This year, the Law and Society Association's Collaborative Research Network on Immigration and Citizenship (CRN2) launched a new award for the best paper on migration or citizenship written by or presented by a graduate student at an LSA annual meeting. Lila Teeters, PhD candidate in History at the University of New Hampshire has been awarded the 2019 Best Graduate Student Paper on Citizenship and Immigration Award. Her paper is entitled, "Making Native Citizens: The Fight For and Against Native American Citizenship in the 20th Century." As described by the award committee chair, Rebecca Hamlin, University of Massachusetts, Amherst:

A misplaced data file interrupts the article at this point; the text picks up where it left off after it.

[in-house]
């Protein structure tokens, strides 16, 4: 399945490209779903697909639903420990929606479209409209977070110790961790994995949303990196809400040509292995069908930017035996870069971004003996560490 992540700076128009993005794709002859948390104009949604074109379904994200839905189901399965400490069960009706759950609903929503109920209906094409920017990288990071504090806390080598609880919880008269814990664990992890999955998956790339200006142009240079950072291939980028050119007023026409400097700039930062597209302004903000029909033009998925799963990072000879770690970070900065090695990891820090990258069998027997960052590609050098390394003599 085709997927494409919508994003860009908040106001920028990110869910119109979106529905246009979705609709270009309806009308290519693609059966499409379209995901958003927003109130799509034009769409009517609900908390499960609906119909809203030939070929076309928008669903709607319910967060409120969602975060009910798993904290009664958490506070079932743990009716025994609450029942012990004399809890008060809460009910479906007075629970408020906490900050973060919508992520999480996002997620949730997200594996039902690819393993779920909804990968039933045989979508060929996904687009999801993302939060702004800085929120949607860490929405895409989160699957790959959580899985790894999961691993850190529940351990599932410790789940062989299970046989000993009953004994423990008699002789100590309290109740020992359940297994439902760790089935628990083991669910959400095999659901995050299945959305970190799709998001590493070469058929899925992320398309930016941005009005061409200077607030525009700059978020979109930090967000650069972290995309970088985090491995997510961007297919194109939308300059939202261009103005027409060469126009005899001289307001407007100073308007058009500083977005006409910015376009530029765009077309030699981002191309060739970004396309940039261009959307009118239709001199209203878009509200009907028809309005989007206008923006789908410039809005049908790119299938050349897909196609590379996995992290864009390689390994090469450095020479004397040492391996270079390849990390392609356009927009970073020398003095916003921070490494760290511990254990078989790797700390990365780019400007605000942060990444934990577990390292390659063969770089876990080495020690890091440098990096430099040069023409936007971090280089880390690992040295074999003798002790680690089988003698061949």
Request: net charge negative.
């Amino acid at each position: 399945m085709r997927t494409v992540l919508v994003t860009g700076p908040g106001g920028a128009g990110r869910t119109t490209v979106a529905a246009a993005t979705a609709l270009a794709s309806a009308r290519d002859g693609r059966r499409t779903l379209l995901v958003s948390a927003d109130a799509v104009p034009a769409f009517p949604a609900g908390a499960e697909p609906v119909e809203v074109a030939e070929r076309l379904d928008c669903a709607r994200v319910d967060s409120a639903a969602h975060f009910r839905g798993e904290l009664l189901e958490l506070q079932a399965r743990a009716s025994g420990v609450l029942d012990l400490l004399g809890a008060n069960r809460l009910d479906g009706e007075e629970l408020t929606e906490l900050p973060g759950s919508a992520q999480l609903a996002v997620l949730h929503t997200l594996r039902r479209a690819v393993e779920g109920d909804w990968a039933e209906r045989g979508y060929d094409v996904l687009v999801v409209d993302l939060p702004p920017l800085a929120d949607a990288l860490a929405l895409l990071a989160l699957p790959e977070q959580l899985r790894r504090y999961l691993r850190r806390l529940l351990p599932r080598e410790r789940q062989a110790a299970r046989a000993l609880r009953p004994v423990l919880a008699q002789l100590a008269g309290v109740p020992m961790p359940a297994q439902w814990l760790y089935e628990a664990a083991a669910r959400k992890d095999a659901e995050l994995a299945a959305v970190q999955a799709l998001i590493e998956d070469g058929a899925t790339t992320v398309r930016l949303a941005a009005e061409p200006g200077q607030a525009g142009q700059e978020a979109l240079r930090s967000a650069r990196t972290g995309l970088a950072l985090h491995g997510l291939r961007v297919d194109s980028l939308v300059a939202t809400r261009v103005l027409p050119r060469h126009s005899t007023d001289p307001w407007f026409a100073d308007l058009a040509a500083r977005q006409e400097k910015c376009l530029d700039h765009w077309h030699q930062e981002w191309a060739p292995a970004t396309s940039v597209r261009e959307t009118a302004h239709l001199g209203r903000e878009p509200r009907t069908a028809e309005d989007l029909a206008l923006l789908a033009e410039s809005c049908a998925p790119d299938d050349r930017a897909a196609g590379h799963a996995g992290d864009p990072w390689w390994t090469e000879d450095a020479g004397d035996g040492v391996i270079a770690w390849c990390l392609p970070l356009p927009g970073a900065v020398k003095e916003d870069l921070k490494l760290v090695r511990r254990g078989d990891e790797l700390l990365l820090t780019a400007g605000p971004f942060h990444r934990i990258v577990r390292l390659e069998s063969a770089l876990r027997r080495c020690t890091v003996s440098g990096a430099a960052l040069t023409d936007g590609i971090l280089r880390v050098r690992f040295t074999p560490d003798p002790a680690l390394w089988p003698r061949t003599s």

We will be watching for details on the 2020 competition and its deadline.It explores the life of an understudied piece of legislative history, a1920 bill that was proposed in congress to make Native Americans U.S.citizens. The paper does a masterful job of explaining the ways in which debates over this bill showcased many different points of view about the topic of whether and how to make Native Americans into American citizens. Crucially, the paper centers the voices of Native Americans who were often (but not always) vocally opposed to such legislation. The paper is extremely well-written and tightly argued, and will likely make a major contribution to the study of American citizenship when it is published.